Banaras, Kashi, Varanasi whatever you call it, they all lead you to the same place on the world map, i.e., the longest living city. Vedic Culture, Ethnic Tribes, Mahabharata, Buddha, Mughals, British, World Wars, riots, Banaras has seen it all, as the archaeological evidences advocate traces of civilization back in 2000 BC. None of this could steal the essence of this city and Banaras is still raw and pure at heart.
With a history so extensive, the million plus population still holds the spark and pride of being a Banarasi because not everyone takes birth here, not everyone gets to live here and not everyone dies here.
Varanasi would never be a vacation spot or a travel destination for me; it would always be home, away from home. I have spent 13 golden years of my life there and a part of my heart would always be a Banarasi. Even before I start writing, I feel the longing to be there.
Varanasi could be a culture shock to foreign travelers as death is celebrated as much as life. More than travelling, worshiping the Gods and taking dips in the holy water, people (mainly Hindus) wish to die here, as this city is believed to free a human from the vicious circle of birth, death and re-births.
Varanasi enjoys thousands of vacationers and devotees, both domestic and international. Many come here searching for the ancient history of civilisation, Vedic teachings, Yog and the essence of living. Numerous foreign tourists have chosen to stay in Varanasi adopting the simplest way of living and dedicating their lives for the social good. Not many places in the world would have that kind of magnetism.
Each and every lane has a story to tell and there would be hardly any person who would know about all the lanes in the city. Forget the stories, no one would know all the lanes either. The city is a maze and sometimes, even the maps are not of much help.
Banaras has been a source of inspiration to writers, musicians, poets, yogis, filmmakers, designers, photographers, historians, archaeologists, travellers and even politicians. There must be something exceptional about this city that abundant films have been shot capturing its beauty, and that our current Prime Minister chose the city as his constituency. I am sure no one can ever forget the song “Khaai k paan Banaras wala” in the desi avatar of Amitabh Bachchan from the film Don. Internationally acclaimed Satyajit Ray films ‘Aparajita’ and ‘Joy Baba Felunath’ were shot here.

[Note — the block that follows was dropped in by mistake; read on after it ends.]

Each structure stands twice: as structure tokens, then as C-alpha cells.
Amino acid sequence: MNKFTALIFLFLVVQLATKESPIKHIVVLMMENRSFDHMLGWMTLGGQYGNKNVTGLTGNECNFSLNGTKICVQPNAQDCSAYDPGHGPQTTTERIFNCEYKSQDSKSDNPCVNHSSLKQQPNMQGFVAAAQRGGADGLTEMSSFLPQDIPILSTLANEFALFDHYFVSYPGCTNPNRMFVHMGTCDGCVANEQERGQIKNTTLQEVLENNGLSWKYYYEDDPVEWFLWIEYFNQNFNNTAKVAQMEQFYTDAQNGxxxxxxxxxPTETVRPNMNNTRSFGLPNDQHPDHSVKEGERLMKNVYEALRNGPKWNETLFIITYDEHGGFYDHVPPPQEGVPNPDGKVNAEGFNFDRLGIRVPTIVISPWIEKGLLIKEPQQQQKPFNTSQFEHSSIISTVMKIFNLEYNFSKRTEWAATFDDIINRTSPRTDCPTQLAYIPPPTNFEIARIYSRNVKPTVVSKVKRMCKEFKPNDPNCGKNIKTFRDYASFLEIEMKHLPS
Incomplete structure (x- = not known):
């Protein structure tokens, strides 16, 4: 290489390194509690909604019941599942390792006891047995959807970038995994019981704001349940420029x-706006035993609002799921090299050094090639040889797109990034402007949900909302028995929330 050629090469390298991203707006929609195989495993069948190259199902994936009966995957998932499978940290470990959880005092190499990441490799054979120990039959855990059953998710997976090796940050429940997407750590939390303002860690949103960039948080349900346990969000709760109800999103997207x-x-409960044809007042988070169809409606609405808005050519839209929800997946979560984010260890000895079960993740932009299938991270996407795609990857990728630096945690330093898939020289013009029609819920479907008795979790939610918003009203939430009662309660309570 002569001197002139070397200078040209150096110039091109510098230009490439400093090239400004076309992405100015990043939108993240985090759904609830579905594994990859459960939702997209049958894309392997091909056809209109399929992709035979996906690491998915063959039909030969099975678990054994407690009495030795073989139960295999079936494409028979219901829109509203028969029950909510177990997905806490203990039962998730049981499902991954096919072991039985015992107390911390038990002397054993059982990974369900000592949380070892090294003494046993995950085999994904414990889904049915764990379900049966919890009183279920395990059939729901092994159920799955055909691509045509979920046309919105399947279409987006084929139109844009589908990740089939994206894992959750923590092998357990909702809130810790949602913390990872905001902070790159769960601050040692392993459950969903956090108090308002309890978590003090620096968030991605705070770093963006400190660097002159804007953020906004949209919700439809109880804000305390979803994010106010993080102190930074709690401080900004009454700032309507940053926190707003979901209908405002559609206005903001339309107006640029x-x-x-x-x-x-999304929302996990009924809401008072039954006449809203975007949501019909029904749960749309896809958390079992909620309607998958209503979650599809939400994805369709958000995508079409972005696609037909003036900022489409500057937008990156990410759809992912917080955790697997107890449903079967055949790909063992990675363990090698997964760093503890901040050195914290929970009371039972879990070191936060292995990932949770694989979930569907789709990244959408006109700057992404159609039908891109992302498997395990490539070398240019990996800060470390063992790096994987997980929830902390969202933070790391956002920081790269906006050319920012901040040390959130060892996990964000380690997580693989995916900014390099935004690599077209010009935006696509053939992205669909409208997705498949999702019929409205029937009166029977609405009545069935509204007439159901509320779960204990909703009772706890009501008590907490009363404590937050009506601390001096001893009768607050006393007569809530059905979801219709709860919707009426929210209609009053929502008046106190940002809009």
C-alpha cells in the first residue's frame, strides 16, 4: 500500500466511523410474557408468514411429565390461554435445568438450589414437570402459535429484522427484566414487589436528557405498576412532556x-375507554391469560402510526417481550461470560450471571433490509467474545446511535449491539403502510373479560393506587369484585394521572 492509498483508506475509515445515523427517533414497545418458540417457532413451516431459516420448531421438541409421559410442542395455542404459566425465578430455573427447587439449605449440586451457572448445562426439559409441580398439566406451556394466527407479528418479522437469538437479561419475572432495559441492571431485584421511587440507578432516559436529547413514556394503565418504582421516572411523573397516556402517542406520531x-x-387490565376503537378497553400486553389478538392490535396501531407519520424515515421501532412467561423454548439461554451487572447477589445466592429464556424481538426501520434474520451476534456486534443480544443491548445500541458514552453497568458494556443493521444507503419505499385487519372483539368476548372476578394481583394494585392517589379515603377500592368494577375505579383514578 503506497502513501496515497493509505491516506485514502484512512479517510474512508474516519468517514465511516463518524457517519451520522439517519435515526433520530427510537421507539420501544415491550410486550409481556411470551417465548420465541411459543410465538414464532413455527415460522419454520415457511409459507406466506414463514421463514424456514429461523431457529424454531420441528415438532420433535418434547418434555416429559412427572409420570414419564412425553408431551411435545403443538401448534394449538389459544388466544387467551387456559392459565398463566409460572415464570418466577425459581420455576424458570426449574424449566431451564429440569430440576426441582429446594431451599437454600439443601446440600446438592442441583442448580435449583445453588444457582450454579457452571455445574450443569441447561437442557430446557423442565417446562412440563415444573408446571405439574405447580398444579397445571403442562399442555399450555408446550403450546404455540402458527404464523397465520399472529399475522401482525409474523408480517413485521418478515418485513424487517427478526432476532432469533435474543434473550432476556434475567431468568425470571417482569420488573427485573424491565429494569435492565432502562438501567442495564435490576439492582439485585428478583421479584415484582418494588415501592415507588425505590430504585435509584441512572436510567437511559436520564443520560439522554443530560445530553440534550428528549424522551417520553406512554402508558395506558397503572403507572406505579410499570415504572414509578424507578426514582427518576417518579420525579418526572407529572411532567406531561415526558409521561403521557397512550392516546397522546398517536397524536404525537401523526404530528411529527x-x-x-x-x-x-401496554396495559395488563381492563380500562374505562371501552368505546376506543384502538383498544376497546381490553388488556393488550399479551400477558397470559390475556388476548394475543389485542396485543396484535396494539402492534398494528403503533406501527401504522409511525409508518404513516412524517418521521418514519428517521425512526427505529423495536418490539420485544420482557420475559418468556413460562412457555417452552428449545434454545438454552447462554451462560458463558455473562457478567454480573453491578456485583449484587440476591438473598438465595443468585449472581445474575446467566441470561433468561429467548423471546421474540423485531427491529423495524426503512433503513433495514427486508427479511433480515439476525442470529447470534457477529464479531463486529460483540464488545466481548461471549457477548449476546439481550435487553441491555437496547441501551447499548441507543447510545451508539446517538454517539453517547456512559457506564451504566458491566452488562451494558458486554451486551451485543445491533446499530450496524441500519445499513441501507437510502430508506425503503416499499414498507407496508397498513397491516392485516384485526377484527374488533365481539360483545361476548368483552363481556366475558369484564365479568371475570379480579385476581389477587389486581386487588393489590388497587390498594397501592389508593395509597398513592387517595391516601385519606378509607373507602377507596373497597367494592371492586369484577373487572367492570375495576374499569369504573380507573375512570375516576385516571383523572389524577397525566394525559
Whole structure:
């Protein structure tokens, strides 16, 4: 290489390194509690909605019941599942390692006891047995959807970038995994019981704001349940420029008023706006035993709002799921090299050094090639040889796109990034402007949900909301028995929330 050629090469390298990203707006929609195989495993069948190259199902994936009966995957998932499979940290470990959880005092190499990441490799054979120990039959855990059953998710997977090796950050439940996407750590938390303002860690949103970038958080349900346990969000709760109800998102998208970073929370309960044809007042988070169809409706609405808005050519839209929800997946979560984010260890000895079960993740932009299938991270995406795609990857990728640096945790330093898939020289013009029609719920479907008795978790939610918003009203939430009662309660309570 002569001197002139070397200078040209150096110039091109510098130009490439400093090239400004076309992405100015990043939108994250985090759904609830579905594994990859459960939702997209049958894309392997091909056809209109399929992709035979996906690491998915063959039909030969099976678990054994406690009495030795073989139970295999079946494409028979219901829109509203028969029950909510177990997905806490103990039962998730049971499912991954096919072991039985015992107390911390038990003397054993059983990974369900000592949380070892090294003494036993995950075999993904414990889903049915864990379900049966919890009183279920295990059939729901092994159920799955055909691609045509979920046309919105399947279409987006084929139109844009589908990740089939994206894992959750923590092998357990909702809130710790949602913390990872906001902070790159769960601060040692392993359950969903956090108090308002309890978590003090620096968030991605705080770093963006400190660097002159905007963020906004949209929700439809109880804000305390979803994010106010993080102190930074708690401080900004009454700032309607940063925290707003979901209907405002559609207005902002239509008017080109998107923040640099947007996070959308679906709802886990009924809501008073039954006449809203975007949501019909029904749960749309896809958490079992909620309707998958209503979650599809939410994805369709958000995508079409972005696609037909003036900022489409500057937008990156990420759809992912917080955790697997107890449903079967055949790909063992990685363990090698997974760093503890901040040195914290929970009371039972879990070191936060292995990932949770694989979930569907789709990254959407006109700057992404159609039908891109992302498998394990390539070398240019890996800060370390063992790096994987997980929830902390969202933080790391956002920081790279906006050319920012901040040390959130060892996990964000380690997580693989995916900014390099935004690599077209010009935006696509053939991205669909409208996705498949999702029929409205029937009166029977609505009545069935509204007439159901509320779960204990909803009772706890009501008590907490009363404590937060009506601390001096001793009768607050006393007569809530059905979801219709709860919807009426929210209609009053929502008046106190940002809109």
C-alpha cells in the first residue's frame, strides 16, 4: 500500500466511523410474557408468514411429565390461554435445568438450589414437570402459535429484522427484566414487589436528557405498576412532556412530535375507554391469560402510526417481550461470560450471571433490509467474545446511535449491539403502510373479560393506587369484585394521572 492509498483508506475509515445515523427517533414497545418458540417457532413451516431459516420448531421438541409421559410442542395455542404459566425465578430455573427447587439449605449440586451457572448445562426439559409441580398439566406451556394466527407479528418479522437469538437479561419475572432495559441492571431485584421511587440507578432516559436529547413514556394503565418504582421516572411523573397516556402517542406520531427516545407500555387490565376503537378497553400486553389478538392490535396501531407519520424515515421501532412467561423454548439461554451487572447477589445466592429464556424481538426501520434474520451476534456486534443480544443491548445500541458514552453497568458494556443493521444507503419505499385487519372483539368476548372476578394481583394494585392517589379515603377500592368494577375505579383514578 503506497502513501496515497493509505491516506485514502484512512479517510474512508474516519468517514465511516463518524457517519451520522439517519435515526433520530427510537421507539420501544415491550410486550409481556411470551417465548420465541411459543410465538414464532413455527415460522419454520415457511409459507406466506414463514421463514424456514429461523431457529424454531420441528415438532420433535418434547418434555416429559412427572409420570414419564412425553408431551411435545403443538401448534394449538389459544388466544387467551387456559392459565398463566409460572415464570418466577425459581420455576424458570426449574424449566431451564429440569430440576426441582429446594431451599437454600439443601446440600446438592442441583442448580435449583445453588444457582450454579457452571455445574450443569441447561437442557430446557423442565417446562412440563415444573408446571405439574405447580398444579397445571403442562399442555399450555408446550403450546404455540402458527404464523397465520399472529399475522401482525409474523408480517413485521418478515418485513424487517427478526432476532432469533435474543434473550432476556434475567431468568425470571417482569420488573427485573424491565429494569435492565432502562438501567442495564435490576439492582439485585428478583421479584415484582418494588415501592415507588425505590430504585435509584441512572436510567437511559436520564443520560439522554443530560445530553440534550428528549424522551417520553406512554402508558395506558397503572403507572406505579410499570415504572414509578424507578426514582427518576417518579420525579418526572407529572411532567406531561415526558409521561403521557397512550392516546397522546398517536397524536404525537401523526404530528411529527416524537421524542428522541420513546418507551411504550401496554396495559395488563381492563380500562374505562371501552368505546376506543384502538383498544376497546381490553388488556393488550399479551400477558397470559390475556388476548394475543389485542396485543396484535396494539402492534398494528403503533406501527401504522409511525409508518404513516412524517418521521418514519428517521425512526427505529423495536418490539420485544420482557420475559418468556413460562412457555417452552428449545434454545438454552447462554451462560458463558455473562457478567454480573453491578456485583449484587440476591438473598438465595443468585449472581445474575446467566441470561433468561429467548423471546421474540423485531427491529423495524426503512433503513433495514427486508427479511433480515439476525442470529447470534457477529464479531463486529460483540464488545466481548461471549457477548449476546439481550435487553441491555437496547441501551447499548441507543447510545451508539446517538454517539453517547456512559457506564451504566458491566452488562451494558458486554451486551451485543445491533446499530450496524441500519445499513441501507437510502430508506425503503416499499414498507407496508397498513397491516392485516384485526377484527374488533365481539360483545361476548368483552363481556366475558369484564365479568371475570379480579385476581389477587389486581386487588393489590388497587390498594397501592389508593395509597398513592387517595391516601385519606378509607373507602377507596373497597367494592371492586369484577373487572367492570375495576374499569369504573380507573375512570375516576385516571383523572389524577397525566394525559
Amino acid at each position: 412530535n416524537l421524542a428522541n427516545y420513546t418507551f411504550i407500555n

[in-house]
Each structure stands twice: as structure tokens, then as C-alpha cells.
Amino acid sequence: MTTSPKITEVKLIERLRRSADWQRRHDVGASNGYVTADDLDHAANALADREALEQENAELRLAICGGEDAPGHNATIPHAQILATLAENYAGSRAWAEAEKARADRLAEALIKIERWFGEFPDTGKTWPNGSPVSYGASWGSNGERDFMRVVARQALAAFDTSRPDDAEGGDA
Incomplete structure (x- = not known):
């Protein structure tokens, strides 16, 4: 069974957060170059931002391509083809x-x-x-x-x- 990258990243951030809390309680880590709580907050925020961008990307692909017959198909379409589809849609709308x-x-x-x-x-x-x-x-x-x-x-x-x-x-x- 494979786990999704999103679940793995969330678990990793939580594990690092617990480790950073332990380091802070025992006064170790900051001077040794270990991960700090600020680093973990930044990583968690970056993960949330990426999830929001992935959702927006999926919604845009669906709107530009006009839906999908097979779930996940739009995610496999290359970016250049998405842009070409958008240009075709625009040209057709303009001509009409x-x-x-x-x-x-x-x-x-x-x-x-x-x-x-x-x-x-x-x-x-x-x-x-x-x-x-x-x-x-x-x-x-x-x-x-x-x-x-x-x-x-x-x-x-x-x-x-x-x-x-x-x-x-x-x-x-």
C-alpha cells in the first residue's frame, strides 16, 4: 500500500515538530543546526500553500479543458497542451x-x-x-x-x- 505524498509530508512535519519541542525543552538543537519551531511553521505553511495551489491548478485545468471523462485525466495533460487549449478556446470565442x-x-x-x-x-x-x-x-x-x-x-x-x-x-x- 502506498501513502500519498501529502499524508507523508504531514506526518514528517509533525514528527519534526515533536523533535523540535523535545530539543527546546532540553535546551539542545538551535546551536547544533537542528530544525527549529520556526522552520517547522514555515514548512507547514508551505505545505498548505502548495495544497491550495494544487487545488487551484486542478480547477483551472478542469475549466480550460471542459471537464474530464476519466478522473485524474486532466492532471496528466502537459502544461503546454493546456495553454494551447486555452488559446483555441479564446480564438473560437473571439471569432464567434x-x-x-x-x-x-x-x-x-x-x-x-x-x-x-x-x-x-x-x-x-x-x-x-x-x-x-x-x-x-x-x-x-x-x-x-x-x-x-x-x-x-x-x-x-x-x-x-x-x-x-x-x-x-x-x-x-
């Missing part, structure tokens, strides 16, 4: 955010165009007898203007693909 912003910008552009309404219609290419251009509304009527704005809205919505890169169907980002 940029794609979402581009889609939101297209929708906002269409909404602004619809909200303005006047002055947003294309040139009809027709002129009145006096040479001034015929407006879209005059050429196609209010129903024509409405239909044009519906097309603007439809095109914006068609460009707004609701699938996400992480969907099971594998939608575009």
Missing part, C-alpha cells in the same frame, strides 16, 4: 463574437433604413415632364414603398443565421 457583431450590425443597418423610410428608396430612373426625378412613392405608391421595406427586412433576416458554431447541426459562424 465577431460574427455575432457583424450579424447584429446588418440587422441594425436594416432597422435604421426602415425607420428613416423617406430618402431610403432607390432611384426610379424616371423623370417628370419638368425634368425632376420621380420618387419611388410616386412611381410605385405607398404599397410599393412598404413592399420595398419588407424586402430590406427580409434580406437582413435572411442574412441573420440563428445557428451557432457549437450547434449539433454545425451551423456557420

Temples, ghats, chaotic narrow lanes, silk and betel leaves characterise Banaras, the holiest city of India, and it offers the best of all. Did I mention bulls? It is Lord Shiva’s city, after all and you will find them in the narrowest lanes too.
Banaras is also credited with the manufacturing of diesel-electric locomotives and its spare parts, muslin, silks and brocades with gold and silver thread work, carpet weaving, wooden toys, glass bangles, ivory work, perfumes, artistic brass and copper ware and an array of handicrafts. The city is so affluent, that this post might get prolonged, but when you reach the end, you will feel the urge to pack your bags.
What’s in a name.
Varanasi is located on the banks of holy river Ganga and derives it’s name from the union of Varuna and Assi, which are the two branches of Ganga on the northern and southern rims of the city. So much has been scripted and said about the myths and facts of this city already; we believe no words could sum up the history and expanse of Varanasi.
The primary languages are Hindi and Bhojpuri and the most used word is probably ‘Bhaiyaji’, which is used to address anybody in common. A little bit of Urdu is prevalent too, probably because of the Lucknow influence.
I might get banned for writing this, but Banaras is as much Muslim as Hindu. And when I write “City Of Gods”, I mean both Shiva and Mohammed. I have childhood memories of receiving Eidi and Sewai on every Eid from my father’s Muslim friends and colleagues and sending Diwali gifts to all of them. When both Kashi Vishwanath temple and Gyanvapi mosque can share the same premises, people should not have much to say.
The hub of literature, art and music, there would hardly be any maestro not linked to Varanasi. Renowned writers like Kabir, Tulsidas, Ravidas, instrumentalists like Bismillah Khan, Kishan Maharaj, Ravi Shankar, Vikas Maharaj, singers like Girija Devi, Siddheshwari Devi, dancers like Sitara Devi and art historians like Anand Krishna are connected with Banaras. The Banaras Gharana founded by Ram Sahai dates back to 18th century and has been one of the pioneers of Indian Classical Music.
Varanasi is one place, which has always emphasised on the value of education and this post would be incomplete without the mention of the famed Banaras Hindu University. With the credit of being the largest residential university in Asia, with over 35,000 students, this university is on the list of Institutes of National Importance. The campus also houses a beautiful Vishwanath Mandir.
Photo Credit: Collegedunia.com
There are uncountable temples, mosques and places of religious importance in Varanasi.
Kashi Vishwanath Temple: